Carlos:                  Bing.

Johnathan :         We’re not looking for pictures.

Allen:                    Something I guess I will say there from a set up perspective. I guess I’ll say two things. One is [inaudible 00:15:08] SP. Not ISP who is active, that’s Adam’s. SP Blitz, right? That’s just from a like, “Is my system set up correctly?” That’s one area. My partner Steve Stedman is If you download his it’s actually more of a gooey interface. He has what’s called a quick scan report. Where I was going with that is from a set up perspective in your development environments particularly if you’re running SSIS and your database, we talk about memory constraints, if the amount of memory that you’re giving to Sequel Server by default exceeds the box and then you’re trying to run SSIS on top of that you need to compartmentalize those two so that they’re not kicking each others … They’re not kicking each other.

Vladimir:              I would suggest maybe if you run your queries in SSIS maybe if you run your queries in SSIS maybe use option set statistic on your own. Then you can run, for example, query before implementing index after implementing index and see the difference of IO’s. Use then a next one. See maybe any bottleneck, if you do a lot of inserts, maybe there is a problem with gam contention. Then maybe there is a lot of page splits during the in sort. There could be a situation how you upload the data. Maybe you clean the data before. Do you? Or you just always do inserts?

Dave:                    It’s all inserts. [inaudible 00:17:02].

Vladimir:              Here is a problem. Here is what I’m leading to. Maybe [inaudible 00:17:06]. Maybe delete will work, yes. Yes. [crosstalk 00:17:11]. Wait, wait. Listen, listen, listen, listen. Okay. When you delete from the table you just delete all records. Yes, it’ll take longer to delete, but it will faster to insert because all pages are already allocated and index structure is already built. When you have clustered index you can try that with clustered index built on [inaudible 00:17:42], for example. If you [inaudible 00:17:45] it will one speed insert. If you just delete it it will be much quicker and much less page splits.

Dave:                    If your records are already in order.

Vladimir:              There’s another thing. Maybe you lose your time on ordering records.

Dave:                    [inaudible 00:18:13].

Allen:                    [inaudible 00:18:13].

Carlos:                  That’s something that Johnathan brought up. That’s interesting, I hadn’t seen that on the deletes. I’m interested to find out more about that now. Yeah, yeah. That’d be very interesting. Again, just from a am I set up correctly? Those tools will help with that. [inaudible 00:18:31] contention means I don’t have enough tempt [inaudible 00:18:33], or files, things like that. Those are things that I can be doing in those dev environments which probably didn’t get set up before, and would help me there as well.

Kevin:                   Kevin [inaudible 00:18:47], professional podcast groupie.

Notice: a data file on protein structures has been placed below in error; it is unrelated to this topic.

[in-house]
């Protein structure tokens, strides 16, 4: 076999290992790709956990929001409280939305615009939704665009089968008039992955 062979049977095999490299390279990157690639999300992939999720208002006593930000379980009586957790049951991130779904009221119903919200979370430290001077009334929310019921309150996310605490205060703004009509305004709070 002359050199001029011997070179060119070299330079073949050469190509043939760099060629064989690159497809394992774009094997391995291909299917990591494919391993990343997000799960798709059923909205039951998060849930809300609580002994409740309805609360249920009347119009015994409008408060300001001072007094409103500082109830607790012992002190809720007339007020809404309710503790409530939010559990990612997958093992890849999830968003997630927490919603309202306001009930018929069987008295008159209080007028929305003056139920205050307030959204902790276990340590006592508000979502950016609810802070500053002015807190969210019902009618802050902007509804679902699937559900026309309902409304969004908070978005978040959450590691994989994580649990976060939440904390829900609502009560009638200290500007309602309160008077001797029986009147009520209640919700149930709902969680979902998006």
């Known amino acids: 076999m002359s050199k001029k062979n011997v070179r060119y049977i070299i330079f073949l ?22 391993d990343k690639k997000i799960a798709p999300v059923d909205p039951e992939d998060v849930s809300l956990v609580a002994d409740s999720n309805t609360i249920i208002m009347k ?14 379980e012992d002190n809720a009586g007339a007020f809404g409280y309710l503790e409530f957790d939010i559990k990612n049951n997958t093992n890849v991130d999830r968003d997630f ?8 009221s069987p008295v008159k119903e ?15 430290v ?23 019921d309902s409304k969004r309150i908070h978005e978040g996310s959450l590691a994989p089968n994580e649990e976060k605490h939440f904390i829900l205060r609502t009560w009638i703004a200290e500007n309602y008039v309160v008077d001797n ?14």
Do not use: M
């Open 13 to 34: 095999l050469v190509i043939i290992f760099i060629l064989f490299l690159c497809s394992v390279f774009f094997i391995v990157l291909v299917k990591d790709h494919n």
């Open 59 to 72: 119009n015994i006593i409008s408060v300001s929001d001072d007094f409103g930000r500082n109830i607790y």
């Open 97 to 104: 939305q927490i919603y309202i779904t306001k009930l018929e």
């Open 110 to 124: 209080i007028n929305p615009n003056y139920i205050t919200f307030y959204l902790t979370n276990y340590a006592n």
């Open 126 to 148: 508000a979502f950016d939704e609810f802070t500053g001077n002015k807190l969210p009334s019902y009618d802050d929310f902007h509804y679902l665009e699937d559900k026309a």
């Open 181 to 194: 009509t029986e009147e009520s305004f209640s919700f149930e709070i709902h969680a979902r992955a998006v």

Carlos:                  We’re not increasing your pay Kevin, just so you know.

Kevin:                   Okay. I want to take a step back and say we’re getting into some pretty hairy things. I know we talked about gam contention, we’re talking about some fairly detailed things. At a higher level, if i have .net code for example, the code is slow or it may not be slow, I don’t know. The important thing is let’s get some metrics on what calls are slow, what lines are slow, when are we reaching out to external resources, and how long is that taking? Can we trace that out, can we log that information, and then be able to figure out, “Look. This line of code is really slow. What’s going on in there? Okay. Well, it’s going over a network and it’s connecting to my Chinese data center and somethings happening over there and it’s coming back three hours later.” That’s where you know, “Can I at least get down to that level?” I think that digging deeper, deeper in is interesting. I think we have to get there. When you’re starting out, when you have a code base that somebody’s just saying, “The code is slow.” Start at the top level, get those early metrics.

Allen:                    That’s a great point. We were having an issue and experience where the time out was set for a minute. It was making “database calls.” They’re like, “Well, their database is timing out.” Oh, really? We put some tracing on there. We’re like, “Look. Yes, there were some things that were taking a couple of seconds which maybe should have been faster. Okay, I get it. The cumulative transaction for what you’re asking is not taking more than 20 seconds. There was several components in there. Then they went and did exactly what you said and put some, in my code, how long does this take? How long does this take? They’re like, “Oh. Gosh. Guess it’s not a database problem. Let’s keep looking at the code and see if there’s something else like some function that’s spinning, it’s causing the problem. That’s a great point.